/// Converts the legacy NameValueCollection into a strongly-typed KeyValuePair sequence.
        /// </summary>
        static IEnumerable<KeyValuePair<string, string>> AsKeyValuePairs(this NameValueCollection collection)
        {
            foreach (string key in collection.AllKeys)
            {
                yield return new KeyValuePair<string, string>(key, collection.Get(key));
            }
        }

        /// <summary>
        /// Parses the query string of the URI into a NameValueCollection.
        /// </summary>
        static NameValueCollection ParseQuery(this UriBuilder uri)
        {
            return HttpUtility.ParseQueryString(uri.Query);
        }
    }

The general-purpose folding function ToConcatenatedString is used in the implementation. Here it is:


	public static class EnumerableExtensions
	{
		/// <summary>
		/// Creates a string from the sequence by concatenating the result
		/// of the specified string selector function for each element.
		/// </summary>
		public static string ToConcatenatedString<T>(this IEnumerable<T> source,
			Func<T, string> stringSelector)
		{
			return source.ToConcatenatedString(stringSelector, String.Empty);
		}

		/// <summary>
		/// Creates a string from the sequence by concatenating the result
		/// of the specified string selector function for each element.
		/// </summary>
		///<param name="separator">The string which separates each concatenated item.</param>
		public static string ToConcatenatedString<T>(this IEnumerable<T> source,
			Func<T, string> stringSelector,
			string separator)
		{
			var b = new StringBuilder();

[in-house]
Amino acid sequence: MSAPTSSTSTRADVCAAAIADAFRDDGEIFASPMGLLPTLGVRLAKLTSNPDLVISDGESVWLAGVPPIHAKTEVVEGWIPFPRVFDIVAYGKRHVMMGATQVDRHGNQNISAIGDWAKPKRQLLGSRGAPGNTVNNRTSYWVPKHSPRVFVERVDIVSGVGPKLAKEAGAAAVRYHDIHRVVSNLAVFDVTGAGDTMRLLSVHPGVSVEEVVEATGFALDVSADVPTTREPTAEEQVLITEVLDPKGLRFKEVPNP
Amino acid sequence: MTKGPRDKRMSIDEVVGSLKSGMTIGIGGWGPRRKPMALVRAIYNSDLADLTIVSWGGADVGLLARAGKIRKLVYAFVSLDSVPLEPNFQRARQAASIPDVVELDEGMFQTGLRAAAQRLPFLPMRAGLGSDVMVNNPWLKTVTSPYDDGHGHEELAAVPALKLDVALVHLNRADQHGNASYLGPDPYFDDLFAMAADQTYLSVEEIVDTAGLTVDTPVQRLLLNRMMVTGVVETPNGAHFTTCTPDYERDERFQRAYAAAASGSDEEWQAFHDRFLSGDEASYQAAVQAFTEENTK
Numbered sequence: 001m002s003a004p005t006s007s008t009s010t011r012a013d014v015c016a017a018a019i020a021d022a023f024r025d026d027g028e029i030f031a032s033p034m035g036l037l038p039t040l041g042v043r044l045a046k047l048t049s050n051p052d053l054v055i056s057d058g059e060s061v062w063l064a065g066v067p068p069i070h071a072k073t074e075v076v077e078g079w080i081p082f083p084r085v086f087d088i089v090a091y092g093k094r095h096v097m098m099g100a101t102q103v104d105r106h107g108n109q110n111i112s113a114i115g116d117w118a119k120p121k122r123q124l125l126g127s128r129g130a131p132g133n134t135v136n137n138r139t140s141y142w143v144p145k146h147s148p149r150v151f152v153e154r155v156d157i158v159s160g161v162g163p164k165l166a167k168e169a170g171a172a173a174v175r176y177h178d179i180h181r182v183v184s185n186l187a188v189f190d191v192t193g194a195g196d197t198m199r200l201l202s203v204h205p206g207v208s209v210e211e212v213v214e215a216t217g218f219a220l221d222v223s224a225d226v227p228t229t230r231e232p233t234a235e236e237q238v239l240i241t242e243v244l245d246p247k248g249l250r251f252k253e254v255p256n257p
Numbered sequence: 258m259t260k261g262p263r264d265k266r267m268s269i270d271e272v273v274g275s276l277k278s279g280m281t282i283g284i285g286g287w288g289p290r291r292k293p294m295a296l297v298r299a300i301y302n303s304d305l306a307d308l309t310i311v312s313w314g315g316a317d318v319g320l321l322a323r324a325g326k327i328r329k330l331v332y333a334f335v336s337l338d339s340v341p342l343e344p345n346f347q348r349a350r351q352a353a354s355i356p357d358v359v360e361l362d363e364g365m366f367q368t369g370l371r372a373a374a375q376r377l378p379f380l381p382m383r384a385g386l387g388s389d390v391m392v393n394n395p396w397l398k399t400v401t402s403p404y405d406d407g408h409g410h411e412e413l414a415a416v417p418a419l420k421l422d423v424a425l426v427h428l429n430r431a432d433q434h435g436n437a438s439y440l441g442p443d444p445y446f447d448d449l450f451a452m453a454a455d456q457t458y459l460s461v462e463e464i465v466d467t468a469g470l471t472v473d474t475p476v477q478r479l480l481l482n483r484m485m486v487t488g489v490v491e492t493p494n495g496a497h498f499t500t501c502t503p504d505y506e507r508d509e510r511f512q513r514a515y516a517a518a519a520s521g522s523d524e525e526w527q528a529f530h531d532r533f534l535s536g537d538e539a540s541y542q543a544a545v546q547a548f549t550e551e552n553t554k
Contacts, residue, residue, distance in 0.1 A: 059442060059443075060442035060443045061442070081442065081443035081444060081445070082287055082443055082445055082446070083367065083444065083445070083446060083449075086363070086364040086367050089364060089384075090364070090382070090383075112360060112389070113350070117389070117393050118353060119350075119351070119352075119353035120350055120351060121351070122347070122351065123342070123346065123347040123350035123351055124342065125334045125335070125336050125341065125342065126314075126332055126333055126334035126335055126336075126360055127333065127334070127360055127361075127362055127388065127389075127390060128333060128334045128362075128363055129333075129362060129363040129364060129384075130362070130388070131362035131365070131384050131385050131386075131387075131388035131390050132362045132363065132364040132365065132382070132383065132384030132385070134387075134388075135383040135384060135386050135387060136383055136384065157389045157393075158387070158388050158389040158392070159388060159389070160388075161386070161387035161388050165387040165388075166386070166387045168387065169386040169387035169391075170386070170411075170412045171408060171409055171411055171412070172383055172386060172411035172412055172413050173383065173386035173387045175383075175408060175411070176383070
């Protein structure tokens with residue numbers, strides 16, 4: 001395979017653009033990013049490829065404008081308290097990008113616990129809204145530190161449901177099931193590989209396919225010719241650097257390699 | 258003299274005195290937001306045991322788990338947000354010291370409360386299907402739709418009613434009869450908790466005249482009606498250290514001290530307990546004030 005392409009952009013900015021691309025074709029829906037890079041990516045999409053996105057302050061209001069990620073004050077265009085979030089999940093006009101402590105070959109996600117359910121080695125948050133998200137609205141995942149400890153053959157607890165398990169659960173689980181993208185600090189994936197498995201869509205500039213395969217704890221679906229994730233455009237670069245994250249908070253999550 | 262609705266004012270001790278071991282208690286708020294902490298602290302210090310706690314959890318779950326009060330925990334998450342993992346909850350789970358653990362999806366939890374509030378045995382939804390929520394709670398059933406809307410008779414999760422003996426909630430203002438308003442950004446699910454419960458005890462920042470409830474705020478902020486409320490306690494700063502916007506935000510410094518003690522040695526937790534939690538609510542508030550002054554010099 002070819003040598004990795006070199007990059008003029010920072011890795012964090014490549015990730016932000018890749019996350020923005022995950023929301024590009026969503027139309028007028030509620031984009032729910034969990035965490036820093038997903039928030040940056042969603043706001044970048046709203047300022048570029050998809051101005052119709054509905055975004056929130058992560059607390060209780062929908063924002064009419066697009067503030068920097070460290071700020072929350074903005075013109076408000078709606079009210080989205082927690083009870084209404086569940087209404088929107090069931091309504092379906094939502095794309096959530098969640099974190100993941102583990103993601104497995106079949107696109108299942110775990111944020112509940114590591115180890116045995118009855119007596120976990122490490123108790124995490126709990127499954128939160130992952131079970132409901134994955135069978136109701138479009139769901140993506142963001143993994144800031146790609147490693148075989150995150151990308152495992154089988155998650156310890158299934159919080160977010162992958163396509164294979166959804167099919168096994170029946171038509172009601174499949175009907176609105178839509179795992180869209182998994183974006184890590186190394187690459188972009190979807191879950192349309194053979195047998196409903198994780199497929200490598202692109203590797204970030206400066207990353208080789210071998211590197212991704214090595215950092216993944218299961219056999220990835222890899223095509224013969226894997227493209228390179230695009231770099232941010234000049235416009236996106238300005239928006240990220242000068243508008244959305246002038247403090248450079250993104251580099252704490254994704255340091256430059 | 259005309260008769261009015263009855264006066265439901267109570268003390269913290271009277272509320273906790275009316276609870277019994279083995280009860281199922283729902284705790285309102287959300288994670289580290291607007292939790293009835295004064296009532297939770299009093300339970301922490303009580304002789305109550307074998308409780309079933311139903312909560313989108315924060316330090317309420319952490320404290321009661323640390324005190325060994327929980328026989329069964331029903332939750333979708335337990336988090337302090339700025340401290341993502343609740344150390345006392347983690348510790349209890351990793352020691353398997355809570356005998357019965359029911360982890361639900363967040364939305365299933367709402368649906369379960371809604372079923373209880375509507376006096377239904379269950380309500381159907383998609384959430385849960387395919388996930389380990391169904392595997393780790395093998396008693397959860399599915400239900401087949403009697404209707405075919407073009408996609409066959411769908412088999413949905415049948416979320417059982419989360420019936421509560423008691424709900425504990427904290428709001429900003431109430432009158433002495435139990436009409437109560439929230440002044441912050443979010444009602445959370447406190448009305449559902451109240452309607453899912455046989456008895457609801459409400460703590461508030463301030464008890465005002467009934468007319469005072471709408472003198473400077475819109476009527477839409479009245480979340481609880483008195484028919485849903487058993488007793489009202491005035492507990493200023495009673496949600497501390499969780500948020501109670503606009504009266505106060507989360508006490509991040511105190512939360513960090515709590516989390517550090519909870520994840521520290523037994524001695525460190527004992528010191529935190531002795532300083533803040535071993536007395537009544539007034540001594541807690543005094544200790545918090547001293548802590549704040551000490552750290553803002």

bool needsSeparator = false; // don't use for first item

			foreach (var item in source)
			{
				if (needsSeparator)
					b.Append(separator);

				b.Append(stringSelector(item));
				needsSeparator = true;
			}

			return b.ToString();
		}
	}

10 Responses to "Query string extension methods for System.UriBuilder"

nice! may I recommend:

public static UriBuilder RemoveQueryParam(this UriBuilder uri, string key)
{
var collection = uri.ParseQuery();

// add (or replace existing) key-value pair
collection.Remove(key);

string query = collection
.AsKeyValuePairs()
.ToConcatenatedString(pair =>
pair.Key == null
? pair.Value
: pair.Key + “=” + pair.Value, “&”);

uri.Query = query;

return uri;
}

Good idea! I should have included Remove.

Hi misters,

any code sample for

public static string ToConcatenatedString(this IEnumerable source,
Func stringSelector)

Greetings

Thanks. Saved a lot of time in rewriting the same.

what about a getter for one specific parameter?

///
/// Gets the specified query parameter key’s value of the URI.
/// If the key dont exists, null is returned.
///
public static string GetQueryParam(this UriBuilder uri, string key)
{
return uri.ParseQuery().Get(key);
}

Great! Thanks for posting this.

Very cool indeed. Thanks. Just curious — what license or copyright are you asserting on this code, if I wanted to use it elsewhere? No plans right now, but it’s sure nice stuff. :)